Use of slang
The book, narrated by Alex, contains many words in a slang argot which Burgess invented for the book, called Nadsat. It is a mix of modified Slavic words, rhyming slang, derived Russian (like baboochka), and words invented by Burgess himself. For instance, these terms have the following meanings in Nadsat: droog = friend; korova = cow; gulliver ("golova") = head; malchick or malchickiwick = boy; soomka = sack or bag; Bog = God; khorosho ("horrosho") = good; prestoopnick = criminal; rooka ("rooker") = hand; cal = crap; veck ("chelloveck") = man or guy; litso = face; malenky = little; and so on. Compare Polari.
One of Alex's doctors explains the language to a colleague as "odd bits of old rhyming slang; a bit of gypsy talk, too. But most of the roots are Slav propaganda. Subliminal penetration." Some words are not derived from anything, but merely easy to guess, e.g. "in-out, in-out" or "the old in-out" means sexual intercourse. Cutter, however, means "money," because "cutter" rhymes with "bread-and-butter"; this is rhyming slang, which is intended to be impenetrable to outsiders (especially eavesdropping policemen). Additionally, slang like appypolly loggy ("apology") seems to derive from school boy slang. This reflects Alex's age of 15.
In the first edition of the book, no key was provided, and the reader was left to interpret the meaning from the context. In his appendix to the restored edition, Burgess explained that the slang would keep the book from seeming dated, and served to muffle "the raw response of pornography" from the acts of violence. Furthermore, in a work of literature where a form of brainwashing plays a role, the narrative itself brainwashes the reader into understanding Nadsat.
The term "ultraviolence," referring to excessive and/or unjustified violence, was coined by Burgess in the book, which includes the phrase "do the ultra-violent." The term's association with aesthetic violence has led to its use in the media.
Banning and censorship history in the US
In 1976, A Clockwork Orange was removed from an Aurora, Colorado high school because of "objectionable language". A year later in 1977 it was removed from high school classrooms in Westport, Massachusetts over similar concerns with "objectionable" language. In 1982, it was removed from two Anniston, Alabama libraries, later to be reinstated on a restricted basis. Also, in 1973 a bookseller was arrested for selling the novel. Charges were later dropped. However, each of these instances came after the release of Stanley Kubrick's popular 1971 film adaptation of A Clockwork Orange, itself the subject of much controversy.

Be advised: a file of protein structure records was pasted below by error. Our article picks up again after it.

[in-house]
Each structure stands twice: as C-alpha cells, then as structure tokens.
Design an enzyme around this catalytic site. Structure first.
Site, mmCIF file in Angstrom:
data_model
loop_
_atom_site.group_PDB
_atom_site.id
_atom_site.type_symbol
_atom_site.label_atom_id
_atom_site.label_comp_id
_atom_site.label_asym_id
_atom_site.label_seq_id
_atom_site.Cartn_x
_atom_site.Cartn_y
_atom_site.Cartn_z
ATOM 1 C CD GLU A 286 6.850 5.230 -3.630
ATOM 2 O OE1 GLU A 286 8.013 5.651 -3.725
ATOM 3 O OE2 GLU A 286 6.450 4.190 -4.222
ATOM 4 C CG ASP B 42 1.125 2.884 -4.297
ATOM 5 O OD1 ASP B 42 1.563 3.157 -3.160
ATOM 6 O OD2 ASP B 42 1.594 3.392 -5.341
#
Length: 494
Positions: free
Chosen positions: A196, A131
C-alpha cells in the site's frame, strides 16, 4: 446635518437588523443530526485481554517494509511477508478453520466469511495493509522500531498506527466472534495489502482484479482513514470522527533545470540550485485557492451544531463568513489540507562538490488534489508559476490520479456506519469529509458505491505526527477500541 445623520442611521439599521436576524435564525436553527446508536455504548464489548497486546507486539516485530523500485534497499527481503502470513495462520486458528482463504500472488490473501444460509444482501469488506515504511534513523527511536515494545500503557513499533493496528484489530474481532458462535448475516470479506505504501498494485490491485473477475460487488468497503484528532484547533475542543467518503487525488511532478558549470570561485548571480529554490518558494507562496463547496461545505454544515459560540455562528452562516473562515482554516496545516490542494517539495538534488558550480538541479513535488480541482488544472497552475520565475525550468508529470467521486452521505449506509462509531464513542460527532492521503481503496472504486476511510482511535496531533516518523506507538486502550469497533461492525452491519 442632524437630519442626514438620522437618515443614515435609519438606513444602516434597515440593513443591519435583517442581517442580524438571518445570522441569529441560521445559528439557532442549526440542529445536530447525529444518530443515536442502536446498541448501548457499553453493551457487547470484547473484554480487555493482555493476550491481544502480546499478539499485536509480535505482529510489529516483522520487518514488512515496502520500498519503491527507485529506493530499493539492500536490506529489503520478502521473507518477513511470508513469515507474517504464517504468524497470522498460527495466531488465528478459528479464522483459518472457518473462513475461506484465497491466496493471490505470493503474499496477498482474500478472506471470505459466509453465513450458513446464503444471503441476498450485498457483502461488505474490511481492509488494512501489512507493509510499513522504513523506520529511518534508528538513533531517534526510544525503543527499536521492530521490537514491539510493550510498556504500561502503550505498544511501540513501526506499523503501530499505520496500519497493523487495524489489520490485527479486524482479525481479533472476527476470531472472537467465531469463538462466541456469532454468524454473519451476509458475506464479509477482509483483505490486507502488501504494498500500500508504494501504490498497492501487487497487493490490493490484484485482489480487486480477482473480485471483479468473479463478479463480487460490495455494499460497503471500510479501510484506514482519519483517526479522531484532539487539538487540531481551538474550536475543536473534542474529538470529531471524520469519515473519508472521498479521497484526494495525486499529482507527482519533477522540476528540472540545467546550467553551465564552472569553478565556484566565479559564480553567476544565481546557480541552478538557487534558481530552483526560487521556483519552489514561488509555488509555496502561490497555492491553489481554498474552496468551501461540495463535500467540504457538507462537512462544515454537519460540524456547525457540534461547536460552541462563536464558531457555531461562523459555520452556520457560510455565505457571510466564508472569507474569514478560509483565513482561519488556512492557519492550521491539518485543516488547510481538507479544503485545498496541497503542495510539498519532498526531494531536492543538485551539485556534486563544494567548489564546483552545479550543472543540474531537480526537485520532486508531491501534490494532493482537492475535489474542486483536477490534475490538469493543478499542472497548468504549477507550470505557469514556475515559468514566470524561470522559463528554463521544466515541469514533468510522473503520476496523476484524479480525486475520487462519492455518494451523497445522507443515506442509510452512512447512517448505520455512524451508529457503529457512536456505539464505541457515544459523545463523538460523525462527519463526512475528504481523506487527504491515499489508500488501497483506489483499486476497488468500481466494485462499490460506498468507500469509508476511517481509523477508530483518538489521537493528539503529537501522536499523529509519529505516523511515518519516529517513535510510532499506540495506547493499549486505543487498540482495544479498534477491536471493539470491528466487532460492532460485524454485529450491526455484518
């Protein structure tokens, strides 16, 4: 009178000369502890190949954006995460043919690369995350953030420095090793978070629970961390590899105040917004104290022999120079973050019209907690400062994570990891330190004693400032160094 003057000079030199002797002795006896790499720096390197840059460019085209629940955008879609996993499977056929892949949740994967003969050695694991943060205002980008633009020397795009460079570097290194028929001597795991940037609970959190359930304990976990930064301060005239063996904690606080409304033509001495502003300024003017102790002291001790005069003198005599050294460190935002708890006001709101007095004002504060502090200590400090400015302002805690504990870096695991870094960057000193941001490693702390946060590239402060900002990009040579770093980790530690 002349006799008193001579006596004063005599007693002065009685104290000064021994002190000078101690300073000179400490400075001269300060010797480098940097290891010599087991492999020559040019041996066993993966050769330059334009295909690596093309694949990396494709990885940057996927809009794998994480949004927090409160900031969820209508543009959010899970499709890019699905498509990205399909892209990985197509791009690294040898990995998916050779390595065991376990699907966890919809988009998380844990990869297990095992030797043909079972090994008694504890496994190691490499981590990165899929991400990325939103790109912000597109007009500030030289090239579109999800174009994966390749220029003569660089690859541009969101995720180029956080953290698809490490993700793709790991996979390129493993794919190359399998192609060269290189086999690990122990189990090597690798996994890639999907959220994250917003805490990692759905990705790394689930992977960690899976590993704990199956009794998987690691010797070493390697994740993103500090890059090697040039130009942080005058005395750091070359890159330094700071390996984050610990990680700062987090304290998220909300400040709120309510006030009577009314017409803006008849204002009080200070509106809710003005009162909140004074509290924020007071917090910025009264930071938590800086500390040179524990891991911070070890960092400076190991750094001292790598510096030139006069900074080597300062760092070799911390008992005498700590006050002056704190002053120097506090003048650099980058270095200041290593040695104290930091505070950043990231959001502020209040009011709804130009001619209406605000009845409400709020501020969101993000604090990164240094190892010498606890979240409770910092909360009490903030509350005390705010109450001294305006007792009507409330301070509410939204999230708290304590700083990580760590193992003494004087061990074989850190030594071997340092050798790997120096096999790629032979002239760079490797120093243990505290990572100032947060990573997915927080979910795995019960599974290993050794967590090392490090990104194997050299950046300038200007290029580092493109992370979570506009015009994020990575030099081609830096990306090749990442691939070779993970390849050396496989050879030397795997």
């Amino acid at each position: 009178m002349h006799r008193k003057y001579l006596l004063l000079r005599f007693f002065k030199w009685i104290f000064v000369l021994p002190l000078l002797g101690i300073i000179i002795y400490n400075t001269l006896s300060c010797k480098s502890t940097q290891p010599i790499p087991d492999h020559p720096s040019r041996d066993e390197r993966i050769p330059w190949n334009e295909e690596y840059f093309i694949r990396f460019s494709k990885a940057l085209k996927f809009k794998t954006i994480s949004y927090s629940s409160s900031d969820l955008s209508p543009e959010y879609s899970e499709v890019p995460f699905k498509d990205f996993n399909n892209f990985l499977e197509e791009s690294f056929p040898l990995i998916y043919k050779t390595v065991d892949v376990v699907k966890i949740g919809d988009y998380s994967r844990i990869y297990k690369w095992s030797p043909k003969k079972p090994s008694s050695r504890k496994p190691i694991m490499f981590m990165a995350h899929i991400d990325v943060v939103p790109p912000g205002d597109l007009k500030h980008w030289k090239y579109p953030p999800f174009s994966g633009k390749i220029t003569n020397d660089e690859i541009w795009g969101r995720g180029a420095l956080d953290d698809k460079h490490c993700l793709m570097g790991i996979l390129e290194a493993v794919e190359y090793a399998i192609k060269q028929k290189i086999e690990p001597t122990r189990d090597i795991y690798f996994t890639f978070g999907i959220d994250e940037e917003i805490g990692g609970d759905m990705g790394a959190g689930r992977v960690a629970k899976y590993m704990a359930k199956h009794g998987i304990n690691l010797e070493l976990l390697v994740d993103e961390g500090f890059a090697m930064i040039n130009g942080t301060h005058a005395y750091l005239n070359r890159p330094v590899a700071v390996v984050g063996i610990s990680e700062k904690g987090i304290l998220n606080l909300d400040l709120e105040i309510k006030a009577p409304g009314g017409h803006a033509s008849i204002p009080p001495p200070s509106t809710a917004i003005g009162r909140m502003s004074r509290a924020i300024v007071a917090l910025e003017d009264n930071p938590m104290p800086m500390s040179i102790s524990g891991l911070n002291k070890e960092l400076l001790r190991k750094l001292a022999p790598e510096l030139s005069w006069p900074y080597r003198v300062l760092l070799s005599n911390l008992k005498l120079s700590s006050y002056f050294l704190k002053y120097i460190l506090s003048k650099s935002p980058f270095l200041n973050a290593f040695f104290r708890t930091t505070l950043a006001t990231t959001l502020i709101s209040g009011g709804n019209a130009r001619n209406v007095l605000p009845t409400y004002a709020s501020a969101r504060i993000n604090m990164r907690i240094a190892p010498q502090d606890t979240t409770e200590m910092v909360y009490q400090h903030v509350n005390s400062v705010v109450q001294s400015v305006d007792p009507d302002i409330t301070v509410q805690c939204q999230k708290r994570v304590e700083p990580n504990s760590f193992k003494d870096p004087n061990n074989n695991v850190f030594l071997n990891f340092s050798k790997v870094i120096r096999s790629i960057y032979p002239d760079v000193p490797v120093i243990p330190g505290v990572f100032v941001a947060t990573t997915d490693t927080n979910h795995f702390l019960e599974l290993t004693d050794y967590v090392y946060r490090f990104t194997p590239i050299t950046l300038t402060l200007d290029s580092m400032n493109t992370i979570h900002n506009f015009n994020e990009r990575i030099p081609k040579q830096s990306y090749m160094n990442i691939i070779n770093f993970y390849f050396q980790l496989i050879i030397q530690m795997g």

In 1985, Burgess published Flame into Being: The Life and Work of D. H. Lawrence, and while discussing Lady Chatterley's Lover in his biography, Burgess compared that novel's notoriety with A Clockwork Orange: "We all suffer from the popular desire to make the known notorious. The book I am best known for, or only known for, is a novel I am prepared to repudiate: written a quarter of a century ago, a jeu d'esprit knocked off for money in three weeks, it became known as the raw material for a film which seemed to glorify sex and violence. The film made it easy for readers of the book to misunderstand what it was about, and the misunderstanding will pursue me until I die. I should not have written the book because of this danger of misinterpretation, and the same may be said of Lawrence and Lady Chatterley's Lover." Burgess also dismissed A Clockwork Orange as "too didactic to be artistic".